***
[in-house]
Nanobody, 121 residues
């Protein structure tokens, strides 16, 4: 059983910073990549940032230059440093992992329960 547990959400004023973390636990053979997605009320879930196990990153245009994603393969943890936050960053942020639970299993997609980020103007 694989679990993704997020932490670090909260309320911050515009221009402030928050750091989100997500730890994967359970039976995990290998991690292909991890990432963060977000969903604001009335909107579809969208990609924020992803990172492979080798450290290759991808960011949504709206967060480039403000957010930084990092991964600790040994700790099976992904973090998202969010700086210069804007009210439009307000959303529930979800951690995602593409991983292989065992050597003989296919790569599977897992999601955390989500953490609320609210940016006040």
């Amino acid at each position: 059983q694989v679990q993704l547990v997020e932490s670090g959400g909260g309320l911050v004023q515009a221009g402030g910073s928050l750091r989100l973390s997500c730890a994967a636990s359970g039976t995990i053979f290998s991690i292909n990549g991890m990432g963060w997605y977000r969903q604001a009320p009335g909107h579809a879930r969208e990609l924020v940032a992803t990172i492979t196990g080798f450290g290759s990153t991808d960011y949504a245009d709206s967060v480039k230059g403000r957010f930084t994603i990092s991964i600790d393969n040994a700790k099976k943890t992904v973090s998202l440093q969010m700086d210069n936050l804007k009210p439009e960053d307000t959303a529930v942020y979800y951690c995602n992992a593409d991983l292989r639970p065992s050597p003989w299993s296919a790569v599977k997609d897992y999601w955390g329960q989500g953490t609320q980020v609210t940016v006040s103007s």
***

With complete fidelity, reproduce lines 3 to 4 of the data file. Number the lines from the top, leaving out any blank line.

């Protein structure tokens, strides 16, 4: 059983910073990549940032230059440093992992329960 547990959400004023973390636990053979997605009320879930196990990153245009994603393969943890936050960053942020639970299993997609980020103007 694989679990993704997020932490670090909260309320911050515009221009402030928050750091989100997500730890994967359970039976995990290998991690292909991890990432963060977000969903604001009335909107579809969208990609924020992803990172492979080798450290290759991808960011949504709206967060480039403000957010930084990092991964600790040994700790099976992904973090998202969010700086210069804007009210439009307000959303529930979800951690995602593409991983292989065992050597003989296919790569599977897992999601955390989500953490609320609210940016006040």
């Amino acid at each position: 059983q694989v679990q993704l547990v997020e932490s670090g959400g909260g309320l911050v004023q515009a221009g402030g910073s928050l750091r989100l973390s997500c730890a994967a636990s359970g039976t995990i053979f290998s991690i292909n990549g991890m990432g963060w997605y977000r969903q604001a009320p009335g909107h579809a879930r969208e990609l924020v940032a992803t990172i492979t196990g080798f450290g290759s990153t991808d960011y949504a245009d709206s967060v480039k230059g403000r957010f930084t994603i990092s991964i600790d393969n040994a700790k099976k943890t992904v973090s998202l440093q969010m700086d210069n936050l804007k009210p439009e960053d307000t959303a529930v942020y979800y951690c995602n992992a593409d991983l292989r639970p065992s050597p003989w299993s296919a790569v599977k997609d897992y999601w955390g329960q989500g953490t609320q980020v609210t940016v006040s103007s």